His research investigates the ecology of human landscapes at local to global scales to inform sustainable stewardship of the biosphere in the Anthropocene. His recent work examines long-term changes in Earth’s ecology produced by human societies through the concept of anthropogenic biomes, or anthromes, a term he introduced in 2008.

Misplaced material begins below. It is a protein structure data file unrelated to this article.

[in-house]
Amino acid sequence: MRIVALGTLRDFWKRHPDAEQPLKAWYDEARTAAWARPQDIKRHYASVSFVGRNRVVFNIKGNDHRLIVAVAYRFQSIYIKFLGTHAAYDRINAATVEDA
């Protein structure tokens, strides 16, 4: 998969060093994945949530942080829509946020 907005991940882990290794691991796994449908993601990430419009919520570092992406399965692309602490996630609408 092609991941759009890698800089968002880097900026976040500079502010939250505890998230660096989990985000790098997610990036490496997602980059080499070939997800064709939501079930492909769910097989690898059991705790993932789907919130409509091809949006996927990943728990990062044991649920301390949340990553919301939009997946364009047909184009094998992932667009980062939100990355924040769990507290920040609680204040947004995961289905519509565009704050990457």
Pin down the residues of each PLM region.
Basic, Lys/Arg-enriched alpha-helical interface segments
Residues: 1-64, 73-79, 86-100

He has developed online tools for global synthesis of local knowledge (GLOBE) and inexpensive tools for mapping landscapes in 3D (Ecosynth). He is a Global Highly Cited Researcher, a UMBC Presidential Research Professor, a lead author on the IPBES Transformative Change Assessment, a Fellow of the Global Land Programme, a Senior Fellow of the Breakthrough Institute and a former member of the Anthropocene Working Group of the International Commission on Stratigraphy. He teaches environmental science and landscape ecology at UMBC and has taught ecology at Harvard’s Graduate School of Design. His first book, Anthropocene: A Very Short Introduction was published by Oxford University Press in 2018.